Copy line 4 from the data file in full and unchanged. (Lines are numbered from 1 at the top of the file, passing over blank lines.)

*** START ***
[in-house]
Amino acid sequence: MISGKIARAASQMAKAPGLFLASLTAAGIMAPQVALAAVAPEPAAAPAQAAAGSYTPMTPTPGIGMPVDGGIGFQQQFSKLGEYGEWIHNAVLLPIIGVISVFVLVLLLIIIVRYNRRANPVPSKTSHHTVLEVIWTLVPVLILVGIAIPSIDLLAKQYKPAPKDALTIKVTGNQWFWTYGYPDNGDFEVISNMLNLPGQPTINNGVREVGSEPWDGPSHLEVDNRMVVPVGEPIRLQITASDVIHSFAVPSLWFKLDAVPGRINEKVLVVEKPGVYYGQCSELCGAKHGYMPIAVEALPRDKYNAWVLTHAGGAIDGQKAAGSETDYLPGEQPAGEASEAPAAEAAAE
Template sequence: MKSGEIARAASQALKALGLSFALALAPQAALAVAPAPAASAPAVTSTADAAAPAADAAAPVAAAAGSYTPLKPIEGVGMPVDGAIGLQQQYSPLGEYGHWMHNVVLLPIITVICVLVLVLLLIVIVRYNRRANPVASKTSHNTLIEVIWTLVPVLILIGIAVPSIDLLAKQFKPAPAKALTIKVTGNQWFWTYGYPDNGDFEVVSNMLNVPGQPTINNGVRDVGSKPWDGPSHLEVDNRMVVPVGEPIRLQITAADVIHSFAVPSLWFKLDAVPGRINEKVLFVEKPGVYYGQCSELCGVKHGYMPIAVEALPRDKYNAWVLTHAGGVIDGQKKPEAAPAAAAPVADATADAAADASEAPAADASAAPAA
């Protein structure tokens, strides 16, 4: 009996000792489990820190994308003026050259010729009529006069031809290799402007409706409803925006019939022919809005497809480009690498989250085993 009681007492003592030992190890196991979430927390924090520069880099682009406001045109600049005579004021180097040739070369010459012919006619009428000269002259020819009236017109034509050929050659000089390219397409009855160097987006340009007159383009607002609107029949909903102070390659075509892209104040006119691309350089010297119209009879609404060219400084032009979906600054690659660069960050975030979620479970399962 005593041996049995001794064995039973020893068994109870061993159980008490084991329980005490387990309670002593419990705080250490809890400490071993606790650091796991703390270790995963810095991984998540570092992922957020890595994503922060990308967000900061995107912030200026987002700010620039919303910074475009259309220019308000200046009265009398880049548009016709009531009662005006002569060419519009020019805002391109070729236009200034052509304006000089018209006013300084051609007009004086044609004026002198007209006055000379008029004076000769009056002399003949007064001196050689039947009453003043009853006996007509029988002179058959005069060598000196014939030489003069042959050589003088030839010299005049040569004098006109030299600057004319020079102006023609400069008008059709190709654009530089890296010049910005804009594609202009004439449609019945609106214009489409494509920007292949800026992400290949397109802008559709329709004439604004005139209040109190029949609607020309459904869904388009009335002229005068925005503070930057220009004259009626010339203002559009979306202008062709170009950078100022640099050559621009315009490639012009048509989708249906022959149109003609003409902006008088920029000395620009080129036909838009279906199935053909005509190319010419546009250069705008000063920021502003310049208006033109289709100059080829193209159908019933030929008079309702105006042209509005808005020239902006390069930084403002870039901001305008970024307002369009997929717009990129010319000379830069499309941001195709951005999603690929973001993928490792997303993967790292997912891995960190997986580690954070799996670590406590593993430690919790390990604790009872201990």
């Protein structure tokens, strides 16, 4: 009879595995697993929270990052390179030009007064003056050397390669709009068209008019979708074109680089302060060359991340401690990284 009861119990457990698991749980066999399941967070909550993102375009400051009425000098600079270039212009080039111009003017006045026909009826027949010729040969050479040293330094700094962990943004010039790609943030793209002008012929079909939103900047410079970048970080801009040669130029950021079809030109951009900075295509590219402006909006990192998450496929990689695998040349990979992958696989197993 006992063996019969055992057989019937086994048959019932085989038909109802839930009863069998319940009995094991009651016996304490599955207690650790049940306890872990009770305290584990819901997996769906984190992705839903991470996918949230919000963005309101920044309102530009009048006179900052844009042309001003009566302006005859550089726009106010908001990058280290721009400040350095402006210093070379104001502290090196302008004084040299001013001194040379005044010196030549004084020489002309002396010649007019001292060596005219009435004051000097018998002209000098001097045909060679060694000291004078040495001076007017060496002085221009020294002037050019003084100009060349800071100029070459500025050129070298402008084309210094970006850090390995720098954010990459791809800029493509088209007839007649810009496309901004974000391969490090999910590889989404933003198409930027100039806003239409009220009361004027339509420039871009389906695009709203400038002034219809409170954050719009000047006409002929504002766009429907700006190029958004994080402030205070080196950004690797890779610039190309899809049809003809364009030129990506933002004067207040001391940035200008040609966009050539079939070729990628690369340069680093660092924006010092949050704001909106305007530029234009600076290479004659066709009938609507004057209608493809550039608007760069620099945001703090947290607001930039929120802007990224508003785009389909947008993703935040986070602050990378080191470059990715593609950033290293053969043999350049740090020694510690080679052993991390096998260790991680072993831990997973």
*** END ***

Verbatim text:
């Protein structure tokens, strides 16, 4: 009996000792489990820190994308003026050259010729009529006069031809290799402007409706409803925006019939022919809005497809480009690498989250085993 009681007492003592030992190890196991979430927390924090520069880099682009406001045109600049005579004021180097040739070369010459012919006619009428000269002259020819009236017109034509050929050659000089390219397409009855160097987006340009007159383009607002609107029949909903102070390659075509892209104040006119691309350089010297119209009879609404060219400084032009979906600054690659660069960050975030979620479970399962 005593041996049995001794064995039973020893068994109870061993159980008490084991329980005490387990309670002593419990705080250490809890400490071993606790650091796991703390270790995963810095991984998540570092992922957020890595994503922060990308967000900061995107912030200026987002700010620039919303910074475009259309220019308000200046009265009398880049548009016709009531009662005006002569060419519009020019805002391109070729236009200034052509304006000089018209006013300084051609007009004086044609004026002198007209006055000379008029004076000769009056002399003949007064001196050689039947009453003043009853006996007509029988002179058959005069060598000196014939030489003069042959050589003088030839010299005049040569004098006109030299600057004319020079102006023609400069008008059709190709654009530089890296010049910005804009594609202009004439449609019945609106214009489409494509920007292949800026992400290949397109802008559709329709004439604004005139209040109190029949609607020309459904869904388009009335002229005068925005503070930057220009004259009626010339203002559009979306202008062709170009950078100022640099050559621009315009490639012009048509989708249906022959149109003609003409902006008088920029000395620009080129036909838009279906199935053909005509190319010419546009250069705008000063920021502003310049208006033109289709100059080829193209159908019933030929008079309702105006042209509005808005020239902006390069930084403002870039901001305008970024307002369009997929717009990129010319000379830069499309941001195709951005999603690929973001993928490792997303993967790292997912891995960190997986580690954070799996670590406590593993430690919790390990604790009872201990």